Owner and Executive Chef of Lucy Ethiopian Café (334 Massachusetts Ave) Girmay Ziegaye found his way to Boston after falling in love with a native in his home town of Addis Ababa. After a much belabored romance, they decided to make Boston their home. Many years and two children later, Ziegaye thought to bring his love of country, generations of business experience, and fervent determination into creating what is now Lucy Ethiopian Café. After just three years, and rave reviews, the business is thriving. Love seems to be the theme of this restaurant from the reason its founder came to the passion that goes into everything that makes the award-winning café .
In the décor Ziegaye has taken great care to bring authentic pieces from Ethiopia accent the modern seating. The café serve as a gallery to both local artists and those from Ethiopia featuring Ethiopian artists DEJEME. Above the door frame features artists from Boston’s prison system. Ziegaye acts as curator, and all of the art is for sale.
To add even more to the authentic ambiance, a large menu board above the cashier desk lists drinks items alongside an Ethiopian language guide where patrons can learn a few phrases. “I just put the board up for fun, but people really seem to like it. They use it, “Ziegaye says.
Because of the area, alcohol cannot be served, so they have a variety of non-alcoholic beverages. Ethiopian coffee is served in a traditional jerbena with smoking incense and is taken with salt not sugar, to bring out the rich flavor. A must try is the peanut tea: a delightful combination of frothed milk, honey and peanuts. If you are a peanut butter, peanut brittle fan this is the perfect drink for you. It is served year round in hot or cold varieties and is absolutely decadent. For a great start to the morning or a perfect pick-me-up afternoon snack, try the carrot juice which is a delightful concoction of carrots, apple juice and a hint of ginger and lemon.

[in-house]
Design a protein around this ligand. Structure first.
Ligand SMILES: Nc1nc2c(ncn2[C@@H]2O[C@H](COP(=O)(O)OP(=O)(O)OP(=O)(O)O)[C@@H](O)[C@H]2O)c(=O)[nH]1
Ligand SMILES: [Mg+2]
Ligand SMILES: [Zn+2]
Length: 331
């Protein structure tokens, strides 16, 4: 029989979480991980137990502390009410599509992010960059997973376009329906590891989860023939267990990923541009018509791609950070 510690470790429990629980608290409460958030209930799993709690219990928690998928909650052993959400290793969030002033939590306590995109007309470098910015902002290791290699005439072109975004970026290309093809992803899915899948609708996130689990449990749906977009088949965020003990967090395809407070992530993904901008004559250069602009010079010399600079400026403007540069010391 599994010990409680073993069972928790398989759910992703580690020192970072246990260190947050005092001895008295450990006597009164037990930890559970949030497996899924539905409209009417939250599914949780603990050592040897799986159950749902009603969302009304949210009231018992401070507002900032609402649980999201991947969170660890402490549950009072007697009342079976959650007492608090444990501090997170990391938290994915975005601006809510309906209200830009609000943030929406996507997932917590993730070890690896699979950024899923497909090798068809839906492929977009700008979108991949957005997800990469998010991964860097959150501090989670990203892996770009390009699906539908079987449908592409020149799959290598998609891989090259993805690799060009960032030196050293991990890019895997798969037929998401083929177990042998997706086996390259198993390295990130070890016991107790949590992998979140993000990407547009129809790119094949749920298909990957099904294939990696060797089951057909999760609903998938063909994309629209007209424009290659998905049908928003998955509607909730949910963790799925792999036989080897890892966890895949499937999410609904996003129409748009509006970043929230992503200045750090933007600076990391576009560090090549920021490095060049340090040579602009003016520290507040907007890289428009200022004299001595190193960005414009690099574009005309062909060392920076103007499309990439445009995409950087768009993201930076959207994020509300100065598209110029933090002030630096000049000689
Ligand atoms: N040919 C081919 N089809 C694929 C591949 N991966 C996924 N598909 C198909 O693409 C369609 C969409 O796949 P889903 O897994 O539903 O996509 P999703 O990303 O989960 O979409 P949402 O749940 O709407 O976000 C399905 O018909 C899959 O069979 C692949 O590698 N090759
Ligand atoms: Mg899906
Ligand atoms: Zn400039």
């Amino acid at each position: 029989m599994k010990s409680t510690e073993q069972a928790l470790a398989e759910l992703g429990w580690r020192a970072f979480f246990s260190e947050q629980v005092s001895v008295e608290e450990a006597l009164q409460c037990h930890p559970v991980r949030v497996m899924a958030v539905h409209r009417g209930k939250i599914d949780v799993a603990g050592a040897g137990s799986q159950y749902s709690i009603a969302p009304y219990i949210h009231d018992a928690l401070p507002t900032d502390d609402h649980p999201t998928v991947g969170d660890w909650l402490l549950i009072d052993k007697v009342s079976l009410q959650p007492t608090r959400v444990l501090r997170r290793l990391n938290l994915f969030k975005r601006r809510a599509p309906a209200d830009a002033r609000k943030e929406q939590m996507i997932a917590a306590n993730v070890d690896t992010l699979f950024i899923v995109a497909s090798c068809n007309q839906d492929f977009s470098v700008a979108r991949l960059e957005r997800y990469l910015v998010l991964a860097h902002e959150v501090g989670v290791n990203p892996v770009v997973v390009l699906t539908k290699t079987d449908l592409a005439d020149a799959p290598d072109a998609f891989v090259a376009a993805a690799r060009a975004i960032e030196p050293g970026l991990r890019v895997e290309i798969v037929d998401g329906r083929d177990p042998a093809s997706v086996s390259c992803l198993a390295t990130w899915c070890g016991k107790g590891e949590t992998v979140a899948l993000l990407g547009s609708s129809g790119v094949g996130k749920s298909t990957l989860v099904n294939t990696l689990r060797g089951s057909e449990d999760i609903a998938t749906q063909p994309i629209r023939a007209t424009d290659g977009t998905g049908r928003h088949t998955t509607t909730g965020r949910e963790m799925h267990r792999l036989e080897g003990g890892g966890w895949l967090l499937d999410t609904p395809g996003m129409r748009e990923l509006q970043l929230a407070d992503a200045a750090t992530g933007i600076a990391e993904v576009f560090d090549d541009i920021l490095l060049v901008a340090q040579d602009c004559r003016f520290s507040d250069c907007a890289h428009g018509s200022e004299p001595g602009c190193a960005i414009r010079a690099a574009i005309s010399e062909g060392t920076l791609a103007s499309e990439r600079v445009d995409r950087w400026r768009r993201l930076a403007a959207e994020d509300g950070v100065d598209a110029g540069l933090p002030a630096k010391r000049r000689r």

The drinks are a bit pricey – over $3.00, but are certainly worth the extra change.
Ziegaye, who didn’t graduate with even a high school diploma, learned his culinary experience from his family. When asked to describe Ethiopian cuisine he says, “Ethiopia was ever colonized, so we have a straight connection to the food. It is the reason why we still eat with our hands. You are directly connected to what you are eating.” Food is served in large platters on beds of injera – Ethiopian style bread. The bread is made in house two times a week, but it is so popular they often have to outsource to a local supplier. Most of the food is shopped locally and organic. The prices are very reasonable – I would say almost criminal for the quality- with most combination platters coming in under $10.00. And for the health concious (or going on a 22 day challenge) they have a lot of vegetarian options. He explains, “It is traditional for most people in Ethiopia, the Christian people, to fast Wednesday and Fridays. But then sometimes, they fast other days or fast for a week or a month, so it just became a part of our cuisine to always have a lot of vegetarian items on the menu.”
My favorite is Attikit Combo which includes miser wot – red lentils simmered in a spicy hot sauce, gomen – fresh collard greens simmered in a mild sauce, seasoned with spices and herbs, and tikile gomen – cabbage and potatoes simmered in a mild sauce. The large portions easily make for a two meal deal. The hummus, made in house, is also a very popular item on the menu. It is served in a wrap or on a platter as an appetizer.
Though most patrons stop by for lunch or dinner, a popular item on the breakfast menu is a traditional Ethiopian breakfast – che’che bsa made of a corn bread like grain lightly mixed with spices, Ethiopian butter and a drizzle of honey, served warm. It is available mixed with scrambled eggs which add savory to the sweet sticky texture.
Girmay Ziegaye – is truly living the American dream. He was a man who followed the love of a woman and with hard work founded a successful business. Navigating through language and cultural barriers, he set up his space to showcase the homeland he loves while never forgetting where he came from. When asked about how he did it, he says “When I first opened up, I didn’t have enough money for a staff, so for seven months I did everything. I was cook. I was cashier. I was janitor. I do everything. When you own your own business, you must know how to do everything before your employee does. I work hard. But I find when you support people. They support you.”
We support you for sure Girmay! Fab! Approved 🙂